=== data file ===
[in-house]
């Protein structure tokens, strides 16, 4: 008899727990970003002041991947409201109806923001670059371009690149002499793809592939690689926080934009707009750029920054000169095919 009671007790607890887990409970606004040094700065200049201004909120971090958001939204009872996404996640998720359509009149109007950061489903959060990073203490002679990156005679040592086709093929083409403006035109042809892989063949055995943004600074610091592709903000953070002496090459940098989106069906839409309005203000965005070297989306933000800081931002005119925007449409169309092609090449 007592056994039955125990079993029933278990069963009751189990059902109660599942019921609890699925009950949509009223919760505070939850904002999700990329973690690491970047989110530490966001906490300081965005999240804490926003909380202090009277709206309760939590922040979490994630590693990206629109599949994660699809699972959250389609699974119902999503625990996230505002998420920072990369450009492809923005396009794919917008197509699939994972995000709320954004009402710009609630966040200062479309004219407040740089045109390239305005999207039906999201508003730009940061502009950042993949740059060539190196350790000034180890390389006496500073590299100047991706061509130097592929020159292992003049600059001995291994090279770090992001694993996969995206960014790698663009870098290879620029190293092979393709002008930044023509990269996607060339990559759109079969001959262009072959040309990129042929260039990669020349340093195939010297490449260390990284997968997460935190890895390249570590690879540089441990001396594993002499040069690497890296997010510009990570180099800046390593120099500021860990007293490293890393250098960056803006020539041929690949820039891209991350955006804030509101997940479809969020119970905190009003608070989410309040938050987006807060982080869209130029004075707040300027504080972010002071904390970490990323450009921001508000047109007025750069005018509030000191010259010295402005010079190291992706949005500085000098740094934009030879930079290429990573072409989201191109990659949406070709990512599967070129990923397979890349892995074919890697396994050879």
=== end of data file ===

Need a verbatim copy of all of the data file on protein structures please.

[in-house]
């Protein structure tokens, strides 16, 4: 008899727990970003002041991947409201109806923001670059371009690149002499793809592939690689926080934009707009750029920054000169095919 009671007790607890887990409970606004040094700065200049201004909120971090958001939204009872996404996640998720359509009149109007950061489903959060990073203490002679990156005679040592086709093929083409403006035109042809892989063949055995943004600074610091592709903000953070002496090459940098989106069906839409309005203000965005070297989306933000800081931002005119925007449409169309092609090449 007592056994039955125990079993029933278990069963009751189990059902109660599942019921609890699925009950949509009223919760505070939850904002999700990329973690690491970047989110530490966001906490300081965005999240804490926003909380202090009277709206309760939590922040979490994630590693990206629109599949994660699809699972959250389609699974119902999503625990996230505002998420920072990369450009492809923005396009794919917008197509699939994972995000709320954004009402710009609630966040200062479309004219407040740089045109390239305005999207039906999201508003730009940061502009950042993949740059060539190196350790000034180890390389006496500073590299100047991706061509130097592929020159292992003049600059001995291994090279770090992001694993996969995206960014790698663009870098290879620029190293092979393709002008930044023509990269996607060339990559759109079969001959262009072959040309990129042929260039990669020349340093195939010297490449260390990284997968997460935190890895390249570590690879540089441990001396594993002499040069690497890296997010510009990570180099800046390593120099500021860990007293490293890393250098960056803006020539041929690949820039891209991350955006804030509101997940479809969020119970905190009003608070989410309040938050987006807060982080869209130029004075707040300027504080972010002071904390970490990323450009921001508000047109007025750069005018509030000191010259010295402005010079190291992706949005500085000098740094934009030879930079290429990573072409989201191109990659949406070709990512599967070129990923397979890349892995074919890697396994050879």